Sloane returned to his office while Jasmine called Money and passed on the instructions. As she put the phone down one of the civilian workers entered carrying a jiffy bag. She dropped it onto Jasmine’s desk and went out with hardly a word spoken. Jasmine broke the seal and took out a dvd disc. She loaded it onto her computer and was soon reviewing the recorded CCTV views. Flicking through the different camera files she noted which views were available. It was soon apparent that there was no direct view of the delicatessen on the bridge. The CCTV control room had been unmanned during the morning so the cameras were on automatic – recording the scene in the frame of the camera lens but not moving around or zooming in and out. She had a view of the side of the road and the bridge opposite the deli and views up and down the High Street on the other side of the bridge from early morning until after Amber Markham had declared her baby missing. It was going to be a long job trying to track her movements and observe whether there were any suspects in the passers-by. She glanced at her watch. It was already 1 p.m. She’d come in early today so she could finish her shift by 2:30 when she had a doctor’s appointment. It didn’t look as though anyone was going to get away today, unless baby Jack was found alive and well, but this appointment was important to her. She sighed and set the recoding running.
She tried not to blink in case she missed a fleeting appearance of Amber Markham on the screen but after an hour Jasmine was forced to freeze the recording and rub her eyes. She had already tagged Amber on the recordings from most of the cameras. Usually she was seen pushing the pushchair but a couple of times she was on her own, presumably from when she was searching for her missing baby. This had been a quick scan. A more thorough search would be needed to detect anyone showing a suspicious interest in the child and his mother. She was getting anxious. The time of her appointment was approaching and she needed to ask Sloane whether she could go off-duty for an hour in order to keep it. Sloane, though had left the office for the control room and she was reluctant to ring through and ask his permission while he was with other officers. The phone rang. She picked it up and recognised DC Money’s gruff greeting.
‘Sloane told me to report to you since you are looking into the sex offenders,’ he said.
‘Well, I’ve called on Parnell. Smarmy bugger, fell over himself to be obliging once he’d answered the door. He was wearing a dressing gown and said he was about to have a shower. Invited me in immediately when I said we were looking for a missing child, as if he wanted to prove he had nothing to do with it. There was no sign of the kid in his flat and he denied seeing the woman and the child.’
‘So he’s not a suspect, then.’
‘No evidence to suggest he is, Frame, but that’s up to Sloane. Mind you it amazes me.’
‘A thicko perv like Parnell still has a girl.’
‘How do you know?’
‘There was a pair of stockings and a bra on the bed and woman’s dresses in the wardrobe. She wasn’t there though. Got to go. The divers have turned up at last.’ He ended the call.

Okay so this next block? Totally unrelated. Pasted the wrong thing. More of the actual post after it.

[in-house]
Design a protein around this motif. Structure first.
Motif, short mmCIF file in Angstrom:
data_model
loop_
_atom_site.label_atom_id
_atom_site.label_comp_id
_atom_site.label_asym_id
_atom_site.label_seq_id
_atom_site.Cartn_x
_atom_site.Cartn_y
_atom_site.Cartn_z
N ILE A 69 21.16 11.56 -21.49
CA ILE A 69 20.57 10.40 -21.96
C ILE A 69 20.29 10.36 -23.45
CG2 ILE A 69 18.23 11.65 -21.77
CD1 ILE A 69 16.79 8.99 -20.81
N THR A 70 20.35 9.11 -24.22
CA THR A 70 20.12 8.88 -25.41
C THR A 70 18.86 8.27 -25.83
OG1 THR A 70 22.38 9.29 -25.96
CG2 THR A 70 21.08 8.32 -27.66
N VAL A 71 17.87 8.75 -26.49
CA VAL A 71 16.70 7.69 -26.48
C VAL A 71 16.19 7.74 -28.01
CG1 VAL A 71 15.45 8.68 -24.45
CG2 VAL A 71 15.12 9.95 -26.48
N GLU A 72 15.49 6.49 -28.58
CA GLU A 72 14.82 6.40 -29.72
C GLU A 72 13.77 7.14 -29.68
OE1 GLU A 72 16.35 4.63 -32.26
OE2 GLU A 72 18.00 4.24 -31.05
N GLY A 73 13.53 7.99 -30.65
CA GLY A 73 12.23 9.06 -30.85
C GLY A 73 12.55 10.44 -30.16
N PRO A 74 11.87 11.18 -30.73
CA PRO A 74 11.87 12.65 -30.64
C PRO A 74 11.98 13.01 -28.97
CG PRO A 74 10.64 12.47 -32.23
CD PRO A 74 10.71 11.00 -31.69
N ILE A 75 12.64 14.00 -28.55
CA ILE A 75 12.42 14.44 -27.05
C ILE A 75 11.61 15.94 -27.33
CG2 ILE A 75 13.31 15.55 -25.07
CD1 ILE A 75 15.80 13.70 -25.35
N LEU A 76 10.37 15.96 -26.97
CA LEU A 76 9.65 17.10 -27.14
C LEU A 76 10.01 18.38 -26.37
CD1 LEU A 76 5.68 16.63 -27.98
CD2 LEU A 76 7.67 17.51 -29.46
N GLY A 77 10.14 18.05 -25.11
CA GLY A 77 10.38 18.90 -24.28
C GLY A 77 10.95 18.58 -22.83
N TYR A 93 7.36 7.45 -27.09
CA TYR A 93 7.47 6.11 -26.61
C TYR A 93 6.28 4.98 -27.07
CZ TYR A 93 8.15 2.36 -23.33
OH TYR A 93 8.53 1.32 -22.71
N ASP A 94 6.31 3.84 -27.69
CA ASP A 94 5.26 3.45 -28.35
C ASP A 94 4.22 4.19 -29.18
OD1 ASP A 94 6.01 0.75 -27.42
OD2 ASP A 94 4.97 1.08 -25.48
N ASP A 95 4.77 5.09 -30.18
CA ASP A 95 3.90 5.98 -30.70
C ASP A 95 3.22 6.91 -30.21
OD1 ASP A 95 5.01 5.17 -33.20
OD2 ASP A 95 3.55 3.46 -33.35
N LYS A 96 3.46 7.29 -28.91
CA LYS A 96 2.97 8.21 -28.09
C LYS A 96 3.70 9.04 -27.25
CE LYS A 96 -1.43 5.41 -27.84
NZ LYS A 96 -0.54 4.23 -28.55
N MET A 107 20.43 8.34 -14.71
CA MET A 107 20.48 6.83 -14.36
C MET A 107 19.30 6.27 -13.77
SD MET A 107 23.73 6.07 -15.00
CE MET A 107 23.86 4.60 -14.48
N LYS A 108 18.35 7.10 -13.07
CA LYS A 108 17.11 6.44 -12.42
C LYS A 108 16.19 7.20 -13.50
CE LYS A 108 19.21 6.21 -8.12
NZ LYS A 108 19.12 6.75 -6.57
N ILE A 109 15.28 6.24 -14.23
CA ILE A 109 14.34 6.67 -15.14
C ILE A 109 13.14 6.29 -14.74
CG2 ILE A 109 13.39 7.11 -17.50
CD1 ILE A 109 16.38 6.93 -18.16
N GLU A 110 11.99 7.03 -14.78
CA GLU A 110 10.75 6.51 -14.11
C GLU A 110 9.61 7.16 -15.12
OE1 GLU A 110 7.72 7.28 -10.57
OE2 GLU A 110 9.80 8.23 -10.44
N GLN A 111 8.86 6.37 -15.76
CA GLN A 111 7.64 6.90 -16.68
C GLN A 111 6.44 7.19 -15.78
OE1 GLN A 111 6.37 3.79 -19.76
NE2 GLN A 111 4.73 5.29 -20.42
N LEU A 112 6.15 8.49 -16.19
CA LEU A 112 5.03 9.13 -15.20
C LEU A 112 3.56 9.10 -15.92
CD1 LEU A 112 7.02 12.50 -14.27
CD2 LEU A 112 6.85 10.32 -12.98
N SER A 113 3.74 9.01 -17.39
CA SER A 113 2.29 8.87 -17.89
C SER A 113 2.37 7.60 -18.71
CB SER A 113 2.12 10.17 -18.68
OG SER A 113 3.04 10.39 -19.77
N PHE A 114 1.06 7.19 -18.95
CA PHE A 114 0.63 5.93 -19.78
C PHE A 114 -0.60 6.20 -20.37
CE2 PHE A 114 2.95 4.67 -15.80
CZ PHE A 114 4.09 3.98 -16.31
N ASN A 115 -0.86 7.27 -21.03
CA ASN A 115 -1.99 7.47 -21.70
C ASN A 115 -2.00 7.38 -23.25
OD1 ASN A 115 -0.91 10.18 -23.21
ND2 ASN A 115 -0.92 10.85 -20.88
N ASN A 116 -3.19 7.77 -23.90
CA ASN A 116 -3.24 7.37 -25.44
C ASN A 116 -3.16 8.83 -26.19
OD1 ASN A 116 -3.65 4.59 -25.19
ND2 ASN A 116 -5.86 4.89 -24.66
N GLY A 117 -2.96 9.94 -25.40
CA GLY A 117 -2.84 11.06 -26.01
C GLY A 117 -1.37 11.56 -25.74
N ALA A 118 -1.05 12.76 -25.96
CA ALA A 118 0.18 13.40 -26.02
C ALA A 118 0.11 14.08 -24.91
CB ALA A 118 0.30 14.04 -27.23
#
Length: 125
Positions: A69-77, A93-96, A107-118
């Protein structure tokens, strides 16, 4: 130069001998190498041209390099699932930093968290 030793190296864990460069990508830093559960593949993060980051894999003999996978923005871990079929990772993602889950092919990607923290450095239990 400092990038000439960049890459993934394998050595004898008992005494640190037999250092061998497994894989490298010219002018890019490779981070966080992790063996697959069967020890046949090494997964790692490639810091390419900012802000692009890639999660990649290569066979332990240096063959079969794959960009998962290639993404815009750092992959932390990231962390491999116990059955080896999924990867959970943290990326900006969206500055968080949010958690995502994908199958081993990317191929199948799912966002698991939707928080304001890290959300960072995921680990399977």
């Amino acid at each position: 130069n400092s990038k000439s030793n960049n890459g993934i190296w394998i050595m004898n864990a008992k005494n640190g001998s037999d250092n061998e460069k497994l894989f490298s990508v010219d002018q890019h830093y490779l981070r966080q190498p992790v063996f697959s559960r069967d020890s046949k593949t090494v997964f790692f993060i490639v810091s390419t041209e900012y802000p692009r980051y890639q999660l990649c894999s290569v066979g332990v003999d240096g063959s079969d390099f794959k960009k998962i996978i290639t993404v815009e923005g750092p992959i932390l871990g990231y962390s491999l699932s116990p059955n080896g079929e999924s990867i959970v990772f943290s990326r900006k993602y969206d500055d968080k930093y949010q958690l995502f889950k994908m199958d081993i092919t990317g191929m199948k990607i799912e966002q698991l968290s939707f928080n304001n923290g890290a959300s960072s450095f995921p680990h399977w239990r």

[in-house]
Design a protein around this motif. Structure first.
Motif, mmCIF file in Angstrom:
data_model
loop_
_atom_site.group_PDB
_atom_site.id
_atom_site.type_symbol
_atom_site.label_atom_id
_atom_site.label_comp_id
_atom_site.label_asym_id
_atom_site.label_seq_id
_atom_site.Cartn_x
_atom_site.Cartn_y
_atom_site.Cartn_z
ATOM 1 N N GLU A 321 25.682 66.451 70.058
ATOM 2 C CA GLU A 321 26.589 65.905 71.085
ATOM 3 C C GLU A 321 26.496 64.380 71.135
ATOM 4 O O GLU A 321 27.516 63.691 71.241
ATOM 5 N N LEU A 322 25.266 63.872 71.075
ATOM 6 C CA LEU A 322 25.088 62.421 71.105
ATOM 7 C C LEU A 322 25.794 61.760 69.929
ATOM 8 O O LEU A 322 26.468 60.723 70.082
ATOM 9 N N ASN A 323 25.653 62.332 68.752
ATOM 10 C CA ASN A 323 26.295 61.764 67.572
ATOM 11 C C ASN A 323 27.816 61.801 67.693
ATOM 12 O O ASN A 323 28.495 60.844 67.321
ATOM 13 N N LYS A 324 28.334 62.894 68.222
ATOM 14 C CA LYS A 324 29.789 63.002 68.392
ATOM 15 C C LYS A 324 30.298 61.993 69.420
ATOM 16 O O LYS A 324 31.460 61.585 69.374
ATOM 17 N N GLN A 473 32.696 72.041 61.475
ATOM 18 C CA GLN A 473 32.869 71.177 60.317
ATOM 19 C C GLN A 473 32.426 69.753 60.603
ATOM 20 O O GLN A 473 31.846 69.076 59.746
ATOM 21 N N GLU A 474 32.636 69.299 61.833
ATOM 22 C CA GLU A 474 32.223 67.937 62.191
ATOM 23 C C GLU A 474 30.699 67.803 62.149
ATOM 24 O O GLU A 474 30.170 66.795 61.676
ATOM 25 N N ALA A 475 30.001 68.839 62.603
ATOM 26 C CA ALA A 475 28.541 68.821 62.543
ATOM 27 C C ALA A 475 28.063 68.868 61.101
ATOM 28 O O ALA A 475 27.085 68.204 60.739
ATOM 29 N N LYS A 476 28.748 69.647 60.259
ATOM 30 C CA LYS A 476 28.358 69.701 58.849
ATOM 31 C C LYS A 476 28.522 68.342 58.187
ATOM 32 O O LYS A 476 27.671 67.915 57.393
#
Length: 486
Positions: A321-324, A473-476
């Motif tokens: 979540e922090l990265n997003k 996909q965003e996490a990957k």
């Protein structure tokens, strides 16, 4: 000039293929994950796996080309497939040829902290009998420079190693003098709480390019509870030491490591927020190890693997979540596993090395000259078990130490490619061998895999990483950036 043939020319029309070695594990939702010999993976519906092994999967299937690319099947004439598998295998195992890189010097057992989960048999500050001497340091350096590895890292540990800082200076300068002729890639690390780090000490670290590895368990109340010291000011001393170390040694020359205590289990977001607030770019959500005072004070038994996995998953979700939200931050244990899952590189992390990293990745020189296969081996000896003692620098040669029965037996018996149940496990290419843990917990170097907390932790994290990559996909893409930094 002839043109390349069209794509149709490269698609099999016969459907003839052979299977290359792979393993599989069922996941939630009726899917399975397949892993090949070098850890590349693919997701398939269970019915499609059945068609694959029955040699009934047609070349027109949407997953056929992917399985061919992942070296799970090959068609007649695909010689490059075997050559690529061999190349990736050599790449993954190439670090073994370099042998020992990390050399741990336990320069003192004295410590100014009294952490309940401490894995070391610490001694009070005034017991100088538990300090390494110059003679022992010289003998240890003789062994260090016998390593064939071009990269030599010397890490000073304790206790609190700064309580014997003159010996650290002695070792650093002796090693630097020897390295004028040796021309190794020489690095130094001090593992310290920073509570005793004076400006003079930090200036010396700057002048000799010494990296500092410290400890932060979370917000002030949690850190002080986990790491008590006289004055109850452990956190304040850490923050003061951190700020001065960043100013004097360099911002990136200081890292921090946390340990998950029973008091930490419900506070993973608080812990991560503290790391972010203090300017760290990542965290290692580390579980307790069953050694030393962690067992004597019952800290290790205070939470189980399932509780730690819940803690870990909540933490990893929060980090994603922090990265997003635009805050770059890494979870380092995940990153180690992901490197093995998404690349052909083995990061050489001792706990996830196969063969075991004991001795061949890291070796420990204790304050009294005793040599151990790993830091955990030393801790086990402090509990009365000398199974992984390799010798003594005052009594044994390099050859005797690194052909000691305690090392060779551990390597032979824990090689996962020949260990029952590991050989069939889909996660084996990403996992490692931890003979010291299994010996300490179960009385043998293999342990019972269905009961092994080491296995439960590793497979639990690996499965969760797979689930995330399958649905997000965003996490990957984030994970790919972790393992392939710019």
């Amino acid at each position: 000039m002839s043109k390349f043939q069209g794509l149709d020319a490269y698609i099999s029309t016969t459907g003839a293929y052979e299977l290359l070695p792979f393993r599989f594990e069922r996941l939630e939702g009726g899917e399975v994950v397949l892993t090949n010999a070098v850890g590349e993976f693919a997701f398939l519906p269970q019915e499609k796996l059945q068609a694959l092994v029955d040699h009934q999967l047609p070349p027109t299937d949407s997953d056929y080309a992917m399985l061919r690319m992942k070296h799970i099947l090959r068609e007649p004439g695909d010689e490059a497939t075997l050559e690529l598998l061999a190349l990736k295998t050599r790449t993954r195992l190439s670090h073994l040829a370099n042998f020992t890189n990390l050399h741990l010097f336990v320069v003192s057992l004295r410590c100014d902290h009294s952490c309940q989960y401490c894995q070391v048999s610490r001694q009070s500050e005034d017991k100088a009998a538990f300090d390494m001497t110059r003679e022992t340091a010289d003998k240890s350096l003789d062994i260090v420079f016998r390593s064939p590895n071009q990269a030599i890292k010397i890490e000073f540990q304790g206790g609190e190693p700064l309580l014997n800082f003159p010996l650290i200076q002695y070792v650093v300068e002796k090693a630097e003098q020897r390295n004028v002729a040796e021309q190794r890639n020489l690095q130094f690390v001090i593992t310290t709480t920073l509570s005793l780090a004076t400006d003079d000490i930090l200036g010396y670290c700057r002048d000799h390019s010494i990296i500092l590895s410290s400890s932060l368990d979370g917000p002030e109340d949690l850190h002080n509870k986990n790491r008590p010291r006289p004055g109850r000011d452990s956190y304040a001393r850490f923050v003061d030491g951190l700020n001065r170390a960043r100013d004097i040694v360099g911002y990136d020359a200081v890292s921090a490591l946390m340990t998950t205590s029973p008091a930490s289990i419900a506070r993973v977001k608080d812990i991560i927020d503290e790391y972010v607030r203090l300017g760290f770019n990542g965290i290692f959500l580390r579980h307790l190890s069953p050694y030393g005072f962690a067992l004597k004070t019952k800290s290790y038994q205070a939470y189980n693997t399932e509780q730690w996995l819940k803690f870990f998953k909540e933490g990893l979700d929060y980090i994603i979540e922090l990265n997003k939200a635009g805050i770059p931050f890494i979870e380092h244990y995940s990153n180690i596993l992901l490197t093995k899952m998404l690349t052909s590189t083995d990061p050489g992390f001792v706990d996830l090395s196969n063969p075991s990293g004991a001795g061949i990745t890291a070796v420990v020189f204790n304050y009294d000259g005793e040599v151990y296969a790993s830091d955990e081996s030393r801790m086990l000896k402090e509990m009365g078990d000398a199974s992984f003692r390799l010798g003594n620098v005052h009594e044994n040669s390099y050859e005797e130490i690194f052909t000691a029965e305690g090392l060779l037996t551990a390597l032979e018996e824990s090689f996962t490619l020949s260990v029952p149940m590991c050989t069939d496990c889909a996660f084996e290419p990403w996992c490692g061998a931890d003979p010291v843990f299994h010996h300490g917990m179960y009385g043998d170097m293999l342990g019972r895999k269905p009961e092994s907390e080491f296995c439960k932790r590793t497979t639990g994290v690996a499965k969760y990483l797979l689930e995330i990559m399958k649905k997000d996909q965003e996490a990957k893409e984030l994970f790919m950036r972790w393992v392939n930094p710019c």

Jasmine sat, pondering. What Money said had set her thinking. She returned to the sex offender’s list and called up Parnell’s file.
Sloane burst through the door, heading at speed to his office.
‘Sir?’ Jasmine called. Sloane slowed a little.
‘What is it, Frame?’
‘I have an appointment with my GP at two-thirty, Sir. Can I keep it, please?’
Sloane stopped mid-step. A flush rose up from his tight white collar. Jasmine imagined him thinking how on earth one of his team could possibly think of leaving their desk during an investigation. Then he seemed to remember that this was the twenty-first century and people, even transsexuals, had rights. He slumped and continued his march across the room.
‘If you need to, Frame.’
‘Thank you, Sir.’ Her words were lost as the door to Sloane’s office slammed closed. Jasmine looked at her watch. She could make her appointment if she was quick. She picked up her bag and hurried to the door pausing to grab her coat off the hook.
She left the building almost at a run. There was no quick way to reach the surgery. It was across the town centre and would have taken as long to drive there and find a parking space as it was to run. Anyway she was a runner; she enjoyed running, though not in knee-high boots and encumbered by tights, a skirt, and winter coat. It was cold and wet and she had to serve around shoppers that shuffled along looking pretty fed up. Traffic on the streets that weren’t pedestrianized, deluged the pavements as they passed through the puddles stretching from the blocked gutters. Despite being fit it took her several minutes to cover the mile to the health centre and she was feeling hot and sweaty when she finally pushed the door open and entered the reception area. The clock told her that she had arrived with a couple of minutes to spare. She approached the desk.
‘I’m Jasmine Frame. I have an appointment with Dr Gould,’ she said to the bored-looking receptionist.
‘Can you sign in on the screen,’ the young woman said pointing to a large TV screen beside the desk. Jasmine fliustered and followed the on-screen instructions until she had confirmed her arrival. At least her name appeared correctly and gave her gender as female. She went to sit in one of the many empty seats and drew an envelope out of her bag. It was the subject of her meeting with Dr Gould. She had been accepted onto the gender reassignment programme. Now she could start to achieve her dream.
Painted Ladies: A Jasmine Frame Story is available in paperback and as an e-book from any bookseller.